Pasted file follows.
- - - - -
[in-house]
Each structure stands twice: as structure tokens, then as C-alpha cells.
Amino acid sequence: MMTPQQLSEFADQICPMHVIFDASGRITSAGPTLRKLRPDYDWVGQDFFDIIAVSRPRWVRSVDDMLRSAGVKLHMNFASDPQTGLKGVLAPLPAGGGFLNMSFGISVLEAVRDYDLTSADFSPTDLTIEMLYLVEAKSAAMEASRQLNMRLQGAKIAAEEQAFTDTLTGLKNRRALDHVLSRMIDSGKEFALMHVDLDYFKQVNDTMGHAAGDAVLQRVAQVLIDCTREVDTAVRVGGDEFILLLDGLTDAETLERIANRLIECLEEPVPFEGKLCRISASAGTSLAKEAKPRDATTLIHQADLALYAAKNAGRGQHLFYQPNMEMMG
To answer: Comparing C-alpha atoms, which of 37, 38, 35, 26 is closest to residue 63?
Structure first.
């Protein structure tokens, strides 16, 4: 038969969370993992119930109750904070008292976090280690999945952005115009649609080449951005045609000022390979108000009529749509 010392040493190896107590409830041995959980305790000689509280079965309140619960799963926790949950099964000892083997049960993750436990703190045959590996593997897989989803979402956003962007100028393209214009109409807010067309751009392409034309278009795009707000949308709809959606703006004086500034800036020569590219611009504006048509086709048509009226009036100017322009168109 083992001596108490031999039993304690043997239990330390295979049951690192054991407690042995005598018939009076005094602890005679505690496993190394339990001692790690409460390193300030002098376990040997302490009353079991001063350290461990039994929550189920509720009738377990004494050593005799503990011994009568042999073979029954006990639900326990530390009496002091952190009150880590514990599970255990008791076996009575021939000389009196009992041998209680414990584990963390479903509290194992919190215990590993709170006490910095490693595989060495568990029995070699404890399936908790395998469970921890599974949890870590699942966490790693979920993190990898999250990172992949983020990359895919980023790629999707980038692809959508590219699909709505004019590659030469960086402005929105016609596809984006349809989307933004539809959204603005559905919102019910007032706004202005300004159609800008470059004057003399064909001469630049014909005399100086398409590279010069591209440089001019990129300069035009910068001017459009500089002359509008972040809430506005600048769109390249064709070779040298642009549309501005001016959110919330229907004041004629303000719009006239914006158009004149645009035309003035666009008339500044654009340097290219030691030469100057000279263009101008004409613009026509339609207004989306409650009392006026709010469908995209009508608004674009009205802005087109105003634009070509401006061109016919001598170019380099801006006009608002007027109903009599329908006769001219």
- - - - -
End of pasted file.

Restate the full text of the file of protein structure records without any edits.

[in-house]
Each structure stands twice: as structure tokens, then as C-alpha cells.
Amino acid sequence: MMTPQQLSEFADQICPMHVIFDASGRITSAGPTLRKLRPDYDWVGQDFFDIIAVSRPRWVRSVDDMLRSAGVKLHMNFASDPQTGLKGVLAPLPAGGGFLNMSFGISVLEAVRDYDLTSADFSPTDLTIEMLYLVEAKSAAMEASRQLNMRLQGAKIAAEEQAFTDTLTGLKNRRALDHVLSRMIDSGKEFALMHVDLDYFKQVNDTMGHAAGDAVLQRVAQVLIDCTREVDTAVRVGGDEFILLLDGLTDAETLERIANRLIECLEEPVPFEGKLCRISASAGTSLAKEAKPRDATTLIHQADLALYAAKNAGRGQHLFYQPNMEMMG
To answer: Comparing C-alpha atoms, which of 37, 38, 35, 26 is closest to residue 63?
Structure first.
């Protein structure tokens, strides 16, 4: 038969969370993992119930109750904070008292976090280690999945952005115009649609080449951005045609000022390979108000009529749509 010392040493190896107590409830041995959980305790000689509280079965309140619960799963926790949950099964000892083997049960993750436990703190045959590996593997897989989803979402956003962007100028393209214009109409807010067309751009392409034309278009795009707000949308709809959606703006004086500034800036020569590219611009504006048509086709048509009226009036100017322009168109 083992001596108490031999039993304690043997239990330390295979049951690192054991407690042995005598018939009076005094602890005679505690496993190394339990001692790690409460390193300030002098376990040997302490009353079991001063350290461990039994929550189920509720009738377990004494050593005799503990011994009568042999073979029954006990639900326990530390009496002091952190009150880590514990599970255990008791076996009575021939000389009196009992041998209680414990584990963390479903509290194992919190215990590993709170006490910095490693595989060495568990029995070699404890399936908790395998469970921890599974949890870590699942966490790693979920993190990898999250990172992949983020990359895919980023790629999707980038692809959508590219699909709505004019590659030469960086402005929105016609596809984006349809989307933004539809959204603005559905919102019910007032706004202005300004159609800008470059004057003399064909001469630049014909005399100086398409590279010069591209440089001019990129300069035009910068001017459009500089002359509008972040809430506005600048769109390249064709070779040298642009549309501005001016959110919330229907004041004629303000719009006239914006158009004149645009035309003035666009008339500044654009340097290219030691030469100057000279263009101008004409613009026509339609207004989306409650009392006026709010469908995209009508608004674009009205802005087109105003634009070509401006061109016919001598170019380099801006006009608002007027109903009599329908006769001219």